Interface and ease of use is missing, while sociality, tool, and encouraging use are covered well. This is an area where traditional enterprise tools have problems or tools that are built internally often stumble. This scenario often leads to a lot more training or encouraging use. Another downfall is enterprise tools are focussed on having their tools look and interact like consumer social web tools, which often are lacking in solid interaction design and user testing. The use of social tools in-house will often not have broad use of these consumer services so the normal conventions are not understood or are not comfortable. Often the interfaces inside organizations will need to be tested and there many need to be more than one interface and feature set provided for depth of use and match to use perceptions.

Also, what works for one organization, subset of an organization, or reviewer/analyst will not work for others. The understanding of an organization along with user testing and evaluation with a cross section of real people will provide the best understanding of compatibility with interface. Interfaces can also take time to take hold and makes sense. Interfaces that focus on ease of use with more advanced capabilities with in reach, as well as being easily modified for look and interactions that are familiar to an organization can help resolve this.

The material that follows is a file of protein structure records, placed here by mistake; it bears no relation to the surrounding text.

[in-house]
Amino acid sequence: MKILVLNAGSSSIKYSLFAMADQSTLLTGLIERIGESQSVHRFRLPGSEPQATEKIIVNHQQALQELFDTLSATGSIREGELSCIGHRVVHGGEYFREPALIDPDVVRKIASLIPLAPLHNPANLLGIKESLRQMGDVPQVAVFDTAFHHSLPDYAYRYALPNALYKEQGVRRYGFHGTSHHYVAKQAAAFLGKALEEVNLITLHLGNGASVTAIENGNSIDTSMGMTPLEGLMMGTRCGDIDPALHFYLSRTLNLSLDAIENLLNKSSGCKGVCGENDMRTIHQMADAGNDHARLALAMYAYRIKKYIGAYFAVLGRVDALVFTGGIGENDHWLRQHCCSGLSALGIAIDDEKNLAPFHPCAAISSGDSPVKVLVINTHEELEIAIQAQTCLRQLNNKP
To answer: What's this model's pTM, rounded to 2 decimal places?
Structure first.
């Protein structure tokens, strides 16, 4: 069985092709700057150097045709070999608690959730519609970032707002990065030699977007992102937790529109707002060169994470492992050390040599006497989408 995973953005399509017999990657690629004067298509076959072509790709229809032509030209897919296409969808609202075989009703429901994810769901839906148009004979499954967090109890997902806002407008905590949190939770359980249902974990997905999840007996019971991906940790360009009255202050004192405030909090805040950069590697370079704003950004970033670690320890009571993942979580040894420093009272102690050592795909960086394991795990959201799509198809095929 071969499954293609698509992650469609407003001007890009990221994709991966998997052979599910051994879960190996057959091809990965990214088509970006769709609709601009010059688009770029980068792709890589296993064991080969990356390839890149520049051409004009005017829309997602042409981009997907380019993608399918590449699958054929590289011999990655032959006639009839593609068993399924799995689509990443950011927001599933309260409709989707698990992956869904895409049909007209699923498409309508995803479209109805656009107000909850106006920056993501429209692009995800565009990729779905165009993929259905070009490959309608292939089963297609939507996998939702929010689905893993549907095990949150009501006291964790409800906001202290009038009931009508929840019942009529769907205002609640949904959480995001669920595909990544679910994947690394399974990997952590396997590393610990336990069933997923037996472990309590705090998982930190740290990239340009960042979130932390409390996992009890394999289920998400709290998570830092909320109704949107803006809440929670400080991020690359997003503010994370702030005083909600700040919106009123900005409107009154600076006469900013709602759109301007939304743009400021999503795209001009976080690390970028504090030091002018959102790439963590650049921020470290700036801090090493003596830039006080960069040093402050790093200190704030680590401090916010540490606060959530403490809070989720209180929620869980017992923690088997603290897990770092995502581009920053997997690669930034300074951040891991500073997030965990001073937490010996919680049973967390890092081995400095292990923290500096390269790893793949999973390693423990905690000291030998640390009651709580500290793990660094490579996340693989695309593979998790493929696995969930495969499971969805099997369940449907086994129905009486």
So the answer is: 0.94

Overlap D

Encouraging use and providing people to help ease people's engagement is missing in many organizations. This is a task that is often overlooked. The tools, interface, and proper sociality can all be in place, but not having people to help provide a framework to show the value people get from using the tools, easing concerns, giving examples of uses for different roles and needs, and continually showing people success others in an organization have with the social tool offerings is where many organization find they get stuck. The early adopters in an organization may use the tools as will those with some familiarity with the consumer web social services, but that is often a small percentage of an organization.